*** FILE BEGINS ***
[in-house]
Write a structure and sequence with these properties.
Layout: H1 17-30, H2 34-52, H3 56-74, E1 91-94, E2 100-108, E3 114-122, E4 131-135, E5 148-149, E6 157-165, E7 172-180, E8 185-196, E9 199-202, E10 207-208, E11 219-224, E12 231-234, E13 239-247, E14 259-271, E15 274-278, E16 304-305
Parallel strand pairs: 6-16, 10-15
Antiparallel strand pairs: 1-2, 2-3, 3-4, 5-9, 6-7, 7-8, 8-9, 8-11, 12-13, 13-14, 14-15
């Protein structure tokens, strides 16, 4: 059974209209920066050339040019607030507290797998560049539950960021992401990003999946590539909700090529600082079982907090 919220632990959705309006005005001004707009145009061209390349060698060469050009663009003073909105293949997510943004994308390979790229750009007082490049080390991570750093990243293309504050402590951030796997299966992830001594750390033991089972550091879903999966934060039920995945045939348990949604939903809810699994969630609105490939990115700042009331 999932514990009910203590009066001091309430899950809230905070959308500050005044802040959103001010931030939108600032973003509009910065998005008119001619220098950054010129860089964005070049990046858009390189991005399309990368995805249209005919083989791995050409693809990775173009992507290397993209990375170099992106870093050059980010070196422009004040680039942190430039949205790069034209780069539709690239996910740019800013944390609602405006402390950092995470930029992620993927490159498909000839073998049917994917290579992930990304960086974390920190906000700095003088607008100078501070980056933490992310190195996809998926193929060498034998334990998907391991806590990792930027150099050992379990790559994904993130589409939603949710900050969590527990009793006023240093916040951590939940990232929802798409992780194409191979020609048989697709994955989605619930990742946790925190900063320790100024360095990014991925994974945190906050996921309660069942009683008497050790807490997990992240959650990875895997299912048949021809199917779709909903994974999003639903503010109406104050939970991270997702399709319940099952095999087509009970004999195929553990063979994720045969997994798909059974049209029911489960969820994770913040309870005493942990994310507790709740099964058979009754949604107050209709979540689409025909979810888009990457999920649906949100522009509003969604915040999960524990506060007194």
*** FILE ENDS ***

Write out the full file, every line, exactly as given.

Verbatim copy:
[in-house]
Write a structure and sequence with these properties.
Layout: H1 17-30, H2 34-52, H3 56-74, E1 91-94, E2 100-108, E3 114-122, E4 131-135, E5 148-149, E6 157-165, E7 172-180, E8 185-196, E9 199-202, E10 207-208, E11 219-224, E12 231-234, E13 239-247, E14 259-271, E15 274-278, E16 304-305
Parallel strand pairs: 6-16, 10-15
Antiparallel strand pairs: 1-2, 2-3, 3-4, 5-9, 6-7, 7-8, 8-9, 8-11, 12-13, 13-14, 14-15
């Protein structure tokens, strides 16, 4: 059974209209920066050339040019607030507290797998560049539950960021992401990003999946590539909700090529600082079982907090 919220632990959705309006005005001004707009145009061209390349060698060469050009663009003073909105293949997510943004994308390979790229750009007082490049080390991570750093990243293309504050402590951030796997299966992830001594750390033991089972550091879903999966934060039920995945045939348990949604939903809810699994969630609105490939990115700042009331 999932514990009910203590009066001091309430899950809230905070959308500050005044802040959103001010931030939108600032973003509009910065998005008119001619220098950054010129860089964005070049990046858009390189991005399309990368995805249209005919083989791995050409693809990775173009992507290397993209990375170099992106870093050059980010070196422009004040680039942190430039949205790069034209780069539709690239996910740019800013944390609602405006402390950092995470930029992620993927490159498909000839073998049917994917290579992930990304960086974390920190906000700095003088607008100078501070980056933490992310190195996809998926193929060498034998334990998907391991806590990792930027150099050992379990790559994904993130589409939603949710900050969590527990009793006023240093916040951590939940990232929802798409992780194409191979020609048989697709994955989605619930990742946790925190900063320790100024360095990014991925994974945190906050996921309660069942009683008497050790807490997990992240959650990875895997299912048949021809199917779709909903994974999003639903503010109406104050939970991270997702399709319940099952095999087509009970004999195929553990063979994720045969997994798909059974049209029911489960969820994770913040309870005493942990994310507790709740099964058979009754949604107050209709979540689409025909979810888009990457999920649906949100522009509003969604915040999960524990506060007194």